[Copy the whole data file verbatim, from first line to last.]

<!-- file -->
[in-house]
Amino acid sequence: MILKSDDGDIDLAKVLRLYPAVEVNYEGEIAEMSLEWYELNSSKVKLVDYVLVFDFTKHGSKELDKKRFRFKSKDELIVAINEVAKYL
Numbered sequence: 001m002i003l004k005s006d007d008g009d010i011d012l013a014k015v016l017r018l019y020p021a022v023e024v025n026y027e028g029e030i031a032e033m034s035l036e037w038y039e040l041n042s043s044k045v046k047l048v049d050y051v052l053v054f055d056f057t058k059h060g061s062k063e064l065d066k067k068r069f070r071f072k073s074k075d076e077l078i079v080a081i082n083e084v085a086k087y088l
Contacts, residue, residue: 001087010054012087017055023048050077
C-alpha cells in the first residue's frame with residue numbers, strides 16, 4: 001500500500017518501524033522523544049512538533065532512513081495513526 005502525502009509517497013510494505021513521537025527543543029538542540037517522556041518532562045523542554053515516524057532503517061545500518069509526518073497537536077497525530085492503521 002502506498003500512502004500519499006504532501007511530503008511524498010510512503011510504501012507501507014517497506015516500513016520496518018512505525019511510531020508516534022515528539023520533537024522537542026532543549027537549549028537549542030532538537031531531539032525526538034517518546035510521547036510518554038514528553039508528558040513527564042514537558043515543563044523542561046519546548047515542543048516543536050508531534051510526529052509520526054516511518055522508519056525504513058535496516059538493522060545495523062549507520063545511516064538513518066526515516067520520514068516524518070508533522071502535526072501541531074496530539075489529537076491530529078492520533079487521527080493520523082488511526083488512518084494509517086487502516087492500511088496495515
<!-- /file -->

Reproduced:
[in-house]
Amino acid sequence: MILKSDDGDIDLAKVLRLYPAVEVNYEGEIAEMSLEWYELNSSKVKLVDYVLVFDFTKHGSKELDKKRFRFKSKDELIVAINEVAKYL
Numbered sequence: 001m002i003l004k005s006d007d008g009d010i011d012l013a014k015v016l017r018l019y020p021a022v023e024v025n026y027e028g029e030i031a032e033m034s035l036e037w038y039e040l041n042s043s044k045v046k047l048v049d050y051v052l053v054f055d056f057t058k059h060g061s062k063e064l065d066k067k068r069f070r071f072k073s074k075d076e077l078i079v080a081i082n083e084v085a086k087y088l
Contacts, residue, residue: 001087010054012087017055023048050077
C-alpha cells in the first residue's frame with residue numbers, strides 16, 4: 001500500500017518501524033522523544049512538533065532512513081495513526 005502525502009509517497013510494505021513521537025527543543029538542540037517522556041518532562045523542554053515516524057532503517061545500518069509526518073497537536077497525530085492503521 002502506498003500512502004500519499006504532501007511530503008511524498010510512503011510504501012507501507014517497506015516500513016520496518018512505525019511510531020508516534022515528539023520533537024522537542026532543549027537549549028537549542030532538537031531531539032525526538034517518546035510521547036510518554038514528553039508528558040513527564042514537558043515543563044523542561046519546548047515542543048516543536050508531534051510526529052509520526054516511518055522508519056525504513058535496516059538493522060545495523062549507520063545511516064538513518066526515516067520520514068516524518070508533522071502535526072501541531074496530539075489529537076491530529078492520533079487521527080493520523082488511526083488512518084494509517086487502516087492500511088496495515